At the heart of political season, political campaigns are doing what they can go spread their message. That includes using special apps to send annoying robocalls and robotexts.
According to Phoenix political law and constitutional attorney Kory Langhofer, those special apps help them skirt the laws.
“It is one way for the campaigns to get around the law that prohibits robodialing of text messages on cellphones, said Langhofer
“The app will cue up the phone number for the voter. It’ll prewrite the message for the voter. You just have to hit a button and send it,” he said.
Langhofer said that the process of using the app allows the distribution of the messages while skirting the law.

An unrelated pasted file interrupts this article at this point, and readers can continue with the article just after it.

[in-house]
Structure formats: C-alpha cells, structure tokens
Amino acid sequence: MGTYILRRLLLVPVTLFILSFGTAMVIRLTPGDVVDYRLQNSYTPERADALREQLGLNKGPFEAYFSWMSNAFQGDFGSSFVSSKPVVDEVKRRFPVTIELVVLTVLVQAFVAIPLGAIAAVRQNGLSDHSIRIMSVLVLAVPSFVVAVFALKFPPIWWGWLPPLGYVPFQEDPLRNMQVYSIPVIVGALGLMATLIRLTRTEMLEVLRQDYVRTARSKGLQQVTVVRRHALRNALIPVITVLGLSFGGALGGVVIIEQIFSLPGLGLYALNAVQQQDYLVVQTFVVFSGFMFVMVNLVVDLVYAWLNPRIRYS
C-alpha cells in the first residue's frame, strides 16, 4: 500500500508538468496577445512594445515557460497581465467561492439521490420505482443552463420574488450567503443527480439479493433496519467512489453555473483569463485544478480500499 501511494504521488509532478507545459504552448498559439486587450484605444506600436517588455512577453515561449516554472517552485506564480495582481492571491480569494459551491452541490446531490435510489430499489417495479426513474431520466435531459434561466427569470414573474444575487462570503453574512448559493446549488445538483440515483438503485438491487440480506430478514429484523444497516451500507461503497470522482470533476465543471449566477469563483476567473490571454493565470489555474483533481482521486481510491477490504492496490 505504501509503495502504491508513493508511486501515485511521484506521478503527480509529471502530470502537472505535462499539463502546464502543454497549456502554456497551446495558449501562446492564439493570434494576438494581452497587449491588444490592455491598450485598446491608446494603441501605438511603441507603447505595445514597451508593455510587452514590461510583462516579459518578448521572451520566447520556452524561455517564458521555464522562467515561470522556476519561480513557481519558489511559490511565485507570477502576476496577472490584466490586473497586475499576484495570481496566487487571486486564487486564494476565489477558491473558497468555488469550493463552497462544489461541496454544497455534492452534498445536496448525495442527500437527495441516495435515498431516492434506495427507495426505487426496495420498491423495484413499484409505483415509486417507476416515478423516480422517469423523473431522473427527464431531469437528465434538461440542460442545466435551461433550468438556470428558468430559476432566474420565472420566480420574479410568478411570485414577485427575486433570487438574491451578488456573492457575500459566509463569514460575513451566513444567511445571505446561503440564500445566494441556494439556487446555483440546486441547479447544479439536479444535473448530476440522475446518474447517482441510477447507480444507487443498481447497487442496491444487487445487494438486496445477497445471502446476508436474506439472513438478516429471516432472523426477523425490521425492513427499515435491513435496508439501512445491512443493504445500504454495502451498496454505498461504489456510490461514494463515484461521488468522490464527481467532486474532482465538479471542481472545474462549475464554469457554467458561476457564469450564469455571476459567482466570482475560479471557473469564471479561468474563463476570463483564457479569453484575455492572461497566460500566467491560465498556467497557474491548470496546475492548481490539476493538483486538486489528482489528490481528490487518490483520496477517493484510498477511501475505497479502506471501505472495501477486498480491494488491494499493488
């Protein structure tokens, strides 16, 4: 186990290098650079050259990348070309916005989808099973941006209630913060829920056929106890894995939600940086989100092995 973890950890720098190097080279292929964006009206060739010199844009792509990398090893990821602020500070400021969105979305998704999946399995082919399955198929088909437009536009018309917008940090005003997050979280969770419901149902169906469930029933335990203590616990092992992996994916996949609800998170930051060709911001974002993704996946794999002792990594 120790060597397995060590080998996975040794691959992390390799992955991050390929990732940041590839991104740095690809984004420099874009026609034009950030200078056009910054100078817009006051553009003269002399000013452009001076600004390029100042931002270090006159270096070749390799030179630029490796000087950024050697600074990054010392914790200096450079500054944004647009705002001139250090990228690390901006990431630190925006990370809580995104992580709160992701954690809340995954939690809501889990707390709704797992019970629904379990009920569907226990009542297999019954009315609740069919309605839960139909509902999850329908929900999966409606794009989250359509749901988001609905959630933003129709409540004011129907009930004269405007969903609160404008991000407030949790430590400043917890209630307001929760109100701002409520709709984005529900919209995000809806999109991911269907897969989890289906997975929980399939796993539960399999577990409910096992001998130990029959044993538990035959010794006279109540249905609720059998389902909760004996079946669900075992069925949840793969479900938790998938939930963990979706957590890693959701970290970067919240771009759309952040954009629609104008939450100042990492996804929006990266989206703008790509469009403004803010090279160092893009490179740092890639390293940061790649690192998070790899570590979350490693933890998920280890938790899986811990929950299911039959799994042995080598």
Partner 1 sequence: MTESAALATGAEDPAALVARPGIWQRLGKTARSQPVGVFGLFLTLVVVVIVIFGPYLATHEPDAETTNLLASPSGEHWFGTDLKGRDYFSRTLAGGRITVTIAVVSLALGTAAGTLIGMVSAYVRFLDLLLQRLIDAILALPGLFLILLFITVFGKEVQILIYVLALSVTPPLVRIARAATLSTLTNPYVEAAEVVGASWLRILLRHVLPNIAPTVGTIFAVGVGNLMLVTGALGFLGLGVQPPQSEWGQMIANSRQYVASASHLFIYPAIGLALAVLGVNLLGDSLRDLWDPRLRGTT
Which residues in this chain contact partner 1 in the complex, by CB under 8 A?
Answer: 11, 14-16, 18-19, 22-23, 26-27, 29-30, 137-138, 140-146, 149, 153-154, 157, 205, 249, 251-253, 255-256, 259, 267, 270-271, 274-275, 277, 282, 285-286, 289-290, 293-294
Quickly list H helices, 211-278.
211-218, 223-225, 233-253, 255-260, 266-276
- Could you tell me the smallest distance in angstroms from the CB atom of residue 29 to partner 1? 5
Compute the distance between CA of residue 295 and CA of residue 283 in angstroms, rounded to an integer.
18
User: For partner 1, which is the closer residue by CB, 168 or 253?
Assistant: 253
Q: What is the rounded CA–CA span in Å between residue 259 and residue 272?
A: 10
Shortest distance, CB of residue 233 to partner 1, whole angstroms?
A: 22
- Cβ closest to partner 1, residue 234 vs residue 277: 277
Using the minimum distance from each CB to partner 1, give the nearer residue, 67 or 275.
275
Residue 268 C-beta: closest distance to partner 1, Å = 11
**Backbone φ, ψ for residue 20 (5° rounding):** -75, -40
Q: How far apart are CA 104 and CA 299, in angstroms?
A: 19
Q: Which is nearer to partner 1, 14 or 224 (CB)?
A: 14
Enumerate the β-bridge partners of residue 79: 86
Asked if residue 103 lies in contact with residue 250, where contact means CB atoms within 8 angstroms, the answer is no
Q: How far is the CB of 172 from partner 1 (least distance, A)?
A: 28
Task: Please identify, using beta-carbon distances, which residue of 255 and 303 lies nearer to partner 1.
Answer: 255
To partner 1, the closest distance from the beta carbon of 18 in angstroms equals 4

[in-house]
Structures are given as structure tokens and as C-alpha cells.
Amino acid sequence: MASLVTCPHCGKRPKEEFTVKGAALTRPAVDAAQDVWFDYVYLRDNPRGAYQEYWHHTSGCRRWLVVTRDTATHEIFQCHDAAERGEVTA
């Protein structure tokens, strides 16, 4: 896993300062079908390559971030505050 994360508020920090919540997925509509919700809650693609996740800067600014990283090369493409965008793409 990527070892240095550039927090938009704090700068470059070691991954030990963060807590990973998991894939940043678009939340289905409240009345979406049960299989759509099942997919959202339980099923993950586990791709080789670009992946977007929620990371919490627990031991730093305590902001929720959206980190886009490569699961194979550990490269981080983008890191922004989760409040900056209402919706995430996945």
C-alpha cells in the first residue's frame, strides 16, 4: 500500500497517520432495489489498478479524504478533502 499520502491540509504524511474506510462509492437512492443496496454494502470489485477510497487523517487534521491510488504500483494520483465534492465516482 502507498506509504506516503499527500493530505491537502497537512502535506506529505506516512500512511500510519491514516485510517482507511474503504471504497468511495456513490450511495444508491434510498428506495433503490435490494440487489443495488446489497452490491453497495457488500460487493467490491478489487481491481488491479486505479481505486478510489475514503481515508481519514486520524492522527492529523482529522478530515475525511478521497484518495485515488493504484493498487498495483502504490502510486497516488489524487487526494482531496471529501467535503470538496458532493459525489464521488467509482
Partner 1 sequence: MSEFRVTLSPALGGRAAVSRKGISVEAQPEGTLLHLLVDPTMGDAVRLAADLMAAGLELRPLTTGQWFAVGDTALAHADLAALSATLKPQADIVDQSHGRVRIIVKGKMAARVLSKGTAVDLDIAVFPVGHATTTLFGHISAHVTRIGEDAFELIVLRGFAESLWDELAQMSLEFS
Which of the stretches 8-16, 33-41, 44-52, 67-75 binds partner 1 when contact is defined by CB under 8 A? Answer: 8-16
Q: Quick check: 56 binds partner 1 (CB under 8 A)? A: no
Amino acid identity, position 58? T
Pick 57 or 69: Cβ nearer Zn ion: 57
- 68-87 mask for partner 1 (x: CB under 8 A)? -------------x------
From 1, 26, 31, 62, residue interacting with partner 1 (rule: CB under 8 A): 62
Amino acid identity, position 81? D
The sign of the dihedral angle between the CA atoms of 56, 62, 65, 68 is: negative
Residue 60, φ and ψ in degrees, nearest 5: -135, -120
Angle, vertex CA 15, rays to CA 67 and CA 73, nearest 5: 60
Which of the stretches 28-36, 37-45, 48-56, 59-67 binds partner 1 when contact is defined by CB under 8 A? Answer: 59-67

“There’s a person pressing a button, even though a computer is doing most of the work by writing the text message and filling in the number of the voter they are trying to reach,” he said.
What can be done about the invasion? Langhofer said that for now, there’s not a lot that can be done to stop the annoying calls and texts.
“If someone is worried about just stopping the text messages they are getting between now and election day, there is virtually nothing you can do,” he said.
“If you add your name to the ‘do not call’ list it won’t stop this, because the ‘do not call’ list applies to commercial callers.”
Langhofer explains that this is the first election cycle featuring this type of mass texting and any hope in the future of voters getting future relief, it will more than likely take action from Congress to put measures in place.